"But I found out that the director attached was Juan Antonio," she continues, "and I knew his film [The Orphanage] and thought, ‘He's a proper filmmaker. Clearly, if he's invested, it must be something great.' And from the very first four or five pages [of the script] I knew I was gonna do it. It felt rooted in truth, and of course it was, because it came very much from Maria's and her family's experience."
As the parent of two boys (with her partner, actor Liev Schreiber), Watts found an immediate line into Maria's state of mind.
"I played mothers before I was a parent, and hopefully the imagination helps you get to the place you're supposed to go," she says. "But there's no question that being a parent increases the intensity. My boys' safety is huge to me, and I'm constantly fearing the worst. And every day we went to the set, we heard stories from people who were there [during the tsunami], a crew member or an extra. We were shooting in the place where it happened. There were so many stories, including ones that didn't end as well as Maria's."
Watts's next project is also based on real events, though in this case her character is better known: Diana, Princess of Wales.
"It's concentrating on the last couple years of her life," she says. "It centres around the love story between her and a Pakistani heart surgeon [Hasnat Khan, played by Lost star Naveen Andrews], which I didn't know much about - in fact, nothing about. She's a fascinating character."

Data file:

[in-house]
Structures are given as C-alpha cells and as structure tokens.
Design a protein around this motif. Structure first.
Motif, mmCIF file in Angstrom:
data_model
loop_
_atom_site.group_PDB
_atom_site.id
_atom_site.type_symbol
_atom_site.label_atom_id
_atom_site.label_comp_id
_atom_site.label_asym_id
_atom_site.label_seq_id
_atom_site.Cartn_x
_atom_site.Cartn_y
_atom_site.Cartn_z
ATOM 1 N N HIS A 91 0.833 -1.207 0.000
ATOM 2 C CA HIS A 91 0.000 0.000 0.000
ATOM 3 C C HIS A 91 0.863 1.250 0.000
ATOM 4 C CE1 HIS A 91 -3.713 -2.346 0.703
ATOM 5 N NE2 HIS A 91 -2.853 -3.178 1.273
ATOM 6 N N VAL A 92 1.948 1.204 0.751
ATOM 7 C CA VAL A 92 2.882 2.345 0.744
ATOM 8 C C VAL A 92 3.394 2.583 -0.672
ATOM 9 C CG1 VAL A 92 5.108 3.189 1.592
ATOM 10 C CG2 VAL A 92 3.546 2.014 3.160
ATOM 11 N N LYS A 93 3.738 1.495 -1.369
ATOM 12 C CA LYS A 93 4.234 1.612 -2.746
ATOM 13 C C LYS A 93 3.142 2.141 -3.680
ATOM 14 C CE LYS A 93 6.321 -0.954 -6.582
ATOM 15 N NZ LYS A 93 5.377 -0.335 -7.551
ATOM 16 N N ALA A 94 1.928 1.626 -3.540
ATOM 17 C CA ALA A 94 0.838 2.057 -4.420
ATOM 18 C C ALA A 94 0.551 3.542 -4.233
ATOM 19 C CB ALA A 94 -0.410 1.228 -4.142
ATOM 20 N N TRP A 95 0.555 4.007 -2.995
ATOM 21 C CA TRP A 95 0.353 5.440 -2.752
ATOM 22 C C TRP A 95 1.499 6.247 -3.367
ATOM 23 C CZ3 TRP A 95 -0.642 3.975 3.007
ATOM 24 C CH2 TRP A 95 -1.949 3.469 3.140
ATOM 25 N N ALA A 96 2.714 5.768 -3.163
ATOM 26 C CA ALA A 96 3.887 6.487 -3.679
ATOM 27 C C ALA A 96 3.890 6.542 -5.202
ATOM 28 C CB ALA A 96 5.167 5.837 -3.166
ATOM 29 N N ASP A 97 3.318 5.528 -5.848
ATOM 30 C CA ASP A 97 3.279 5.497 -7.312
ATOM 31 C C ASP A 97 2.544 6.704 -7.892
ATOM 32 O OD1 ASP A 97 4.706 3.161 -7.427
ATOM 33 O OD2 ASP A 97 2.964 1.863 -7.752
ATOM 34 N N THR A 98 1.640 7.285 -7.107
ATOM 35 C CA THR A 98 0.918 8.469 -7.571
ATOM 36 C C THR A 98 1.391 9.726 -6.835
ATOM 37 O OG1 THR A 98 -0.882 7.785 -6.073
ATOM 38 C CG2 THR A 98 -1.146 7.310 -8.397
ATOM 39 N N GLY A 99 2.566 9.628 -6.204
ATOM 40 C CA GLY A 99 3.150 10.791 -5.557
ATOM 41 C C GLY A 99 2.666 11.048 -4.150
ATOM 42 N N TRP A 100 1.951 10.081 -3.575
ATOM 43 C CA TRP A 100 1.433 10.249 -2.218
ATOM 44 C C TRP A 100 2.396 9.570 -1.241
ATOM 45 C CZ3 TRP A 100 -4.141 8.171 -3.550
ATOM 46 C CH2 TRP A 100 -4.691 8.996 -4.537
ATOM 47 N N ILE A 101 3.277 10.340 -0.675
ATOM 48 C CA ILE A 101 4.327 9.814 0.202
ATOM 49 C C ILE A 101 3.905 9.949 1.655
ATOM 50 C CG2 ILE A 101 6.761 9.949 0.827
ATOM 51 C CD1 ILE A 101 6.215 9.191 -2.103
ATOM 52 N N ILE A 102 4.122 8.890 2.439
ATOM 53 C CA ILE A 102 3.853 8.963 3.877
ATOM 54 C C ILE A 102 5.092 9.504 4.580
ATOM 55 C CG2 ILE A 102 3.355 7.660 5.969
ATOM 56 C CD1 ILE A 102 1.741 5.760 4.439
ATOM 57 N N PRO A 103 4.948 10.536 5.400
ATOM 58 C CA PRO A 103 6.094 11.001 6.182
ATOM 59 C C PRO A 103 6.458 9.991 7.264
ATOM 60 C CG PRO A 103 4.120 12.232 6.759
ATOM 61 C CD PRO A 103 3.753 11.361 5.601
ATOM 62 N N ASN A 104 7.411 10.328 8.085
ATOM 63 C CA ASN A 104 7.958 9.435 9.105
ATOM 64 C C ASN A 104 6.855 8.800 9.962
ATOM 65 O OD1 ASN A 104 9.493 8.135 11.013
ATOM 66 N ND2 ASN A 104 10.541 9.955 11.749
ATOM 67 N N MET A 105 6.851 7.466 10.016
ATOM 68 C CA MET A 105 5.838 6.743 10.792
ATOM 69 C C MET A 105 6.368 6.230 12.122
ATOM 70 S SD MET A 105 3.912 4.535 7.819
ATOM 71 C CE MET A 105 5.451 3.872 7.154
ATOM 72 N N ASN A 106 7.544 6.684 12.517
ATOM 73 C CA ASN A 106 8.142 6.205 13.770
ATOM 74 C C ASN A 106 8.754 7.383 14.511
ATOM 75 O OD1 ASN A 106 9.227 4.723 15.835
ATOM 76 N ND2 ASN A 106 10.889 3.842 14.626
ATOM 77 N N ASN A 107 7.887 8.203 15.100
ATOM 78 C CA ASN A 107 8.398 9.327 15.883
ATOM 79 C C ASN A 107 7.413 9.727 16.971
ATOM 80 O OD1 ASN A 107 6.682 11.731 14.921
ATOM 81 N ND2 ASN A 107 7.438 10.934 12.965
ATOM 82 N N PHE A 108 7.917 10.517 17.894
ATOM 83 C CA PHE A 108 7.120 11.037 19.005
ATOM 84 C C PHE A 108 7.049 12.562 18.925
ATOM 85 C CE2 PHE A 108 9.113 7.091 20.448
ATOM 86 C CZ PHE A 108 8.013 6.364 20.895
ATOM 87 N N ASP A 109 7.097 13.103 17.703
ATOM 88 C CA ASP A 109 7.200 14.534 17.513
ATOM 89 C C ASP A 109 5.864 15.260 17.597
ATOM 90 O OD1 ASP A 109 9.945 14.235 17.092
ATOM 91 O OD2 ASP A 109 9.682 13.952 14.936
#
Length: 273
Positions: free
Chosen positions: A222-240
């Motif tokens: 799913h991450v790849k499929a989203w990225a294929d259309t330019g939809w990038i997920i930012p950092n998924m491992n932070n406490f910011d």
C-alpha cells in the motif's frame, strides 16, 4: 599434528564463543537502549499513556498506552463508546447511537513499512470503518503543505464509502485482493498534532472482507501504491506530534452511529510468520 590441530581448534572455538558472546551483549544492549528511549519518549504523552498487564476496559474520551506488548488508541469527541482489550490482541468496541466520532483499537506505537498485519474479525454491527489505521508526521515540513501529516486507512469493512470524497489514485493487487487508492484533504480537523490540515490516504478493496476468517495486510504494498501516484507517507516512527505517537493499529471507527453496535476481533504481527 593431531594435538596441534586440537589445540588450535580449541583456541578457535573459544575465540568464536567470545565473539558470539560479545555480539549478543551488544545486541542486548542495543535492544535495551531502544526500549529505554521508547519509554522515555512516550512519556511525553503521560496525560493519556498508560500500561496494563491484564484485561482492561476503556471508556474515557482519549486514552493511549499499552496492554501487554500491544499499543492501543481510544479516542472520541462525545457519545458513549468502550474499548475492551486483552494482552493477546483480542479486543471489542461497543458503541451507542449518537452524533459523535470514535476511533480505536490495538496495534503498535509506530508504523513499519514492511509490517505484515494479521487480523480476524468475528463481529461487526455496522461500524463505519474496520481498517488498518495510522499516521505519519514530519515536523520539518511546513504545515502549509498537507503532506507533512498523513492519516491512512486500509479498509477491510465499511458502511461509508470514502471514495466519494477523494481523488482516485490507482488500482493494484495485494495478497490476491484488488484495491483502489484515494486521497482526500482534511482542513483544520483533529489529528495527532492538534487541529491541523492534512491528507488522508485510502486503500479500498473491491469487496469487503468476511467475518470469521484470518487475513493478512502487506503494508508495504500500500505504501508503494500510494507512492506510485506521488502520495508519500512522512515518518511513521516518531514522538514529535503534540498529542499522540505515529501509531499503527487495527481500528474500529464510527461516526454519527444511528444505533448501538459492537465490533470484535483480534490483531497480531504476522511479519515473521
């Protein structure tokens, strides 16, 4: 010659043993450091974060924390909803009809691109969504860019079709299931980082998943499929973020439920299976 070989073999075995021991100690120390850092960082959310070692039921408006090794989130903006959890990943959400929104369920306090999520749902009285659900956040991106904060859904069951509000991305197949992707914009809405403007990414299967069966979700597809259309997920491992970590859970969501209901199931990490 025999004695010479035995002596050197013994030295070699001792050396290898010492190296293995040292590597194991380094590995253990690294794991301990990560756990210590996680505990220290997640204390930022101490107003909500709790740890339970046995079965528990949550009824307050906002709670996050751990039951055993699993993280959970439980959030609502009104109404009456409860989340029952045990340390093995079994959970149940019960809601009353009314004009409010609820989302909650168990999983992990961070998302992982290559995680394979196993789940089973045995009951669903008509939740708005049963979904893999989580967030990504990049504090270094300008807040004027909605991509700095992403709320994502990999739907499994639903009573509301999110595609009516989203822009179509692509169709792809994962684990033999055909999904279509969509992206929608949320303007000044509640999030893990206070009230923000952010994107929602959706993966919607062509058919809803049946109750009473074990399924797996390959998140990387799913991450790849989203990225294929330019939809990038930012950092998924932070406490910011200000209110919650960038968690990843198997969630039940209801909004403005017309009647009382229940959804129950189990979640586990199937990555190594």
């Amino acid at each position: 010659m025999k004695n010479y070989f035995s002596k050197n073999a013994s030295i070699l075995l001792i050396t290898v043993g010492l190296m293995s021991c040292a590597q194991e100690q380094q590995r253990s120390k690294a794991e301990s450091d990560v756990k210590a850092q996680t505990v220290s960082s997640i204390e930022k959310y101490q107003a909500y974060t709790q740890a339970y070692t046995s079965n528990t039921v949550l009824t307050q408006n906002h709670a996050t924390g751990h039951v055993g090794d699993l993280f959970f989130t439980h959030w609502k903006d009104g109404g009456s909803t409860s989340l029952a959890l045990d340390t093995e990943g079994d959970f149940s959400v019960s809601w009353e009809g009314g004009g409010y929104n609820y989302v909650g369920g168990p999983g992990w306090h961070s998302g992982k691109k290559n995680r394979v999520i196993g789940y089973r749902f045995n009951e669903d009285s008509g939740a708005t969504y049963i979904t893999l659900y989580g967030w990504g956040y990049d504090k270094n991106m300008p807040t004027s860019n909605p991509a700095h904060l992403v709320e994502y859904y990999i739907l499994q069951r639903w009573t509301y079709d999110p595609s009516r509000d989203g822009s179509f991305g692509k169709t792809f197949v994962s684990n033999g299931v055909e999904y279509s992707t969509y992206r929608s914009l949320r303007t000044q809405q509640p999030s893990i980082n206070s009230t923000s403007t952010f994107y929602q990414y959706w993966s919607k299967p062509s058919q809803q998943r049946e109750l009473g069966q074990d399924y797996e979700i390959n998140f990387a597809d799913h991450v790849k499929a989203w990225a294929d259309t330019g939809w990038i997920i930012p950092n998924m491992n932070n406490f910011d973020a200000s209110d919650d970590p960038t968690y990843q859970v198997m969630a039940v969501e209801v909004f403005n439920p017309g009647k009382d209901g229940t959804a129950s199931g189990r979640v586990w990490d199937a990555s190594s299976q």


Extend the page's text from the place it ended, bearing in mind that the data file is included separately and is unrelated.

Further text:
Her Diana director, Oliver Hirschbiegel, is another in a long line of major art house talents with whom Watts has chosen to work. Her collaborators reads like a film festival's ideal guest list: Lynch, Jackson, the late James Ivory (Le Divorce), David Cronenberg (Eastern Promises), Michael Haneke (Funny Games U.S.), Clint Eastwood (J. Edgar), Woody Allen (You Will Meet A Tall Dark Stranger).
"I've been so lucky that I've worked with good directors," she says. "Film is a director's medium - and a good director can elevate a mediocre script, but a mediocre director can destroy a great script."
Of course, she wouldn't be in a position to choose her directors if they didn't desperately want to work with her - which has been the case ever since she broke out with Mulholland Drive. But she's still not ready to take all the credit for that.
"I mean, I got to work with David Lynch," she says, laughing. "Every filmmaker sees his films, so good directors called. I think that's definitely helped."